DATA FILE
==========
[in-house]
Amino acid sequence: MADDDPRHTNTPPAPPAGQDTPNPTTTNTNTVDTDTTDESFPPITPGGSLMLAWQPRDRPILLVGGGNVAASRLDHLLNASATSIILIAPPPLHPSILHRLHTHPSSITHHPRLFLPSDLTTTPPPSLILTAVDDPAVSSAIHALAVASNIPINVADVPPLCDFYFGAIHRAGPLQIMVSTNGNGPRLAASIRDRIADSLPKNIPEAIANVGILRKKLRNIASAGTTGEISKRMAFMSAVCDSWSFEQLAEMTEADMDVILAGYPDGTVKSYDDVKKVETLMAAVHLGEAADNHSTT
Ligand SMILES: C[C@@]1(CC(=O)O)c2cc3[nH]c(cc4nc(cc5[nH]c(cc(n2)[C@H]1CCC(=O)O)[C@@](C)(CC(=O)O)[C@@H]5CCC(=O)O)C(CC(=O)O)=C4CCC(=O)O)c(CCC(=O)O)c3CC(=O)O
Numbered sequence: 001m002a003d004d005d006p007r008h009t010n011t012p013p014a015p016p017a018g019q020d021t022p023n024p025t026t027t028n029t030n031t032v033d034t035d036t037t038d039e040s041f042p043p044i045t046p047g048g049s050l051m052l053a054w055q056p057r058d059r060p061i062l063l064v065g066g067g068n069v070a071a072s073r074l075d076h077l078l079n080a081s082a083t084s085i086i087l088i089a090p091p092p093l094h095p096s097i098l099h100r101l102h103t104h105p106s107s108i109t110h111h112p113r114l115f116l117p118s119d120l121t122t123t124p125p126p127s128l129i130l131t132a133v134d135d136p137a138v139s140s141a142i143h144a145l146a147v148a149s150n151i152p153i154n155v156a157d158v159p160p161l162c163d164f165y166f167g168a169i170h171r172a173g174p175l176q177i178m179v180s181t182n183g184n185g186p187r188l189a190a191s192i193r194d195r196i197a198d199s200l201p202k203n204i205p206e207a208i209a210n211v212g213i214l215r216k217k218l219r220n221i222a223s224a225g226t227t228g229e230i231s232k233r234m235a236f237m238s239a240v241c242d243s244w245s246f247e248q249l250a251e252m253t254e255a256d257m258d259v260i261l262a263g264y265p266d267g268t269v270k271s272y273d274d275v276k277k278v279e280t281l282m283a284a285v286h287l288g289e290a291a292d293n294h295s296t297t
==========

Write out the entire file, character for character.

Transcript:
[in-house]
Amino acid sequence: MADDDPRHTNTPPAPPAGQDTPNPTTTNTNTVDTDTTDESFPPITPGGSLMLAWQPRDRPILLVGGGNVAASRLDHLLNASATSIILIAPPPLHPSILHRLHTHPSSITHHPRLFLPSDLTTTPPPSLILTAVDDPAVSSAIHALAVASNIPINVADVPPLCDFYFGAIHRAGPLQIMVSTNGNGPRLAASIRDRIADSLPKNIPEAIANVGILRKKLRNIASAGTTGEISKRMAFMSAVCDSWSFEQLAEMTEADMDVILAGYPDGTVKSYDDVKKVETLMAAVHLGEAADNHSTT
Ligand SMILES: C[C@@]1(CC(=O)O)c2cc3[nH]c(cc4nc(cc5[nH]c(cc(n2)[C@H]1CCC(=O)O)[C@@](C)(CC(=O)O)[C@@H]5CCC(=O)O)C(CC(=O)O)=C4CCC(=O)O)c(CCC(=O)O)c3CC(=O)O
Numbered sequence: 001m002a003d004d005d006p007r008h009t010n011t012p013p014a015p016p017a018g019q020d021t022p023n024p025t026t027t028n029t030n031t032v033d034t035d036t037t038d039e040s041f042p043p044i045t046p047g048g049s050l051m052l053a054w055q056p057r058d059r060p061i062l063l064v065g066g067g068n069v070a071a072s073r074l075d076h077l078l079n080a081s082a083t084s085i086i087l088i089a090p091p092p093l094h095p096s097i098l099h100r101l102h103t104h105p106s107s108i109t110h111h112p113r114l115f116l117p118s119d120l121t122t123t124p125p126p127s128l129i130l131t132a133v134d135d136p137a138v139s140s141a142i143h144a145l146a147v148a149s150n151i152p153i154n155v156a157d158v159p160p161l162c163d164f165y166f167g168a169i170h171r172a173g174p175l176q177i178m179v180s181t182n183g184n185g186p187r188l189a190a191s192i193r194d195r196i197a198d199s200l201p202k203n204i205p206e207a208i209a210n211v212g213i214l215r216k217k218l219r220n221i222a223s224a225g226t227t228g229e230i231s232k233r234m235a236f237m238s239a240v241c242d243s244w245s246f247e248q249l250a251e252m253t254e255a256d257m258d259v260i261l262a263g264y265p266d267g268t269v270k271s272y273d274d275v276k277k278v279e280t281l282m283a284a285v286h287l288g289e290a291a292d293n294h295s296t297t